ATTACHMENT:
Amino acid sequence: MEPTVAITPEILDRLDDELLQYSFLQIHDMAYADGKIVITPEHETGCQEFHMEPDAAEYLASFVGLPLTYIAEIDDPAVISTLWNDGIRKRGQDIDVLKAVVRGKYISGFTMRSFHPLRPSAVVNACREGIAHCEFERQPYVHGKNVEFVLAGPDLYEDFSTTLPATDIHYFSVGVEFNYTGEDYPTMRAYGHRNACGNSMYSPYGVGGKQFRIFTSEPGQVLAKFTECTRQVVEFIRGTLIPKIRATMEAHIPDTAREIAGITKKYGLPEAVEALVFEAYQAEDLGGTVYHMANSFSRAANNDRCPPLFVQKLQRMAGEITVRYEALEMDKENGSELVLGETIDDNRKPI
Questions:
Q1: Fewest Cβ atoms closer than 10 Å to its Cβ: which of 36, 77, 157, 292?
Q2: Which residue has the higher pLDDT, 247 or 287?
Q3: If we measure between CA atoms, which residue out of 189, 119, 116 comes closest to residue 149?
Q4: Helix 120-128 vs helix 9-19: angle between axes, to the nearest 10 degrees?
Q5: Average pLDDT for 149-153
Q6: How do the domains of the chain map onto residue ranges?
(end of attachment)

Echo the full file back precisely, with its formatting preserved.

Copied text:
Amino acid sequence: MEPTVAITPEILDRLDDELLQYSFLQIHDMAYADGKIVITPEHETGCQEFHMEPDAAEYLASFVGLPLTYIAEIDDPAVISTLWNDGIRKRGQDIDVLKAVVRGKYISGFTMRSFHPLRPSAVVNACREGIAHCEFERQPYVHGKNVEFVLAGPDLYEDFSTTLPATDIHYFSVGVEFNYTGEDYPTMRAYGHRNACGNSMYSPYGVGGKQFRIFTSEPGQVLAKFTECTRQVVEFIRGTLIPKIRATMEAHIPDTAREIAGITKKYGLPEAVEALVFEAYQAEDLGGTVYHMANSFSRAANNDRCPPLFVQKLQRMAGEITVRYEALEMDKENGSELVLGETIDDNRKPI
Questions:
Q1: Fewest Cβ atoms closer than 10 Å to its Cβ: which of 36, 77, 157, 292?
Q2: Which residue has the higher pLDDT, 247 or 287?
Q3: If we measure between CA atoms, which residue out of 189, 119, 116 comes closest to residue 149?
Q4: Helix 120-128 vs helix 9-19: angle between axes, to the nearest 10 degrees?
Q5: Average pLDDT for 149-153
Q6: How do the domains of the chain map onto residue ranges?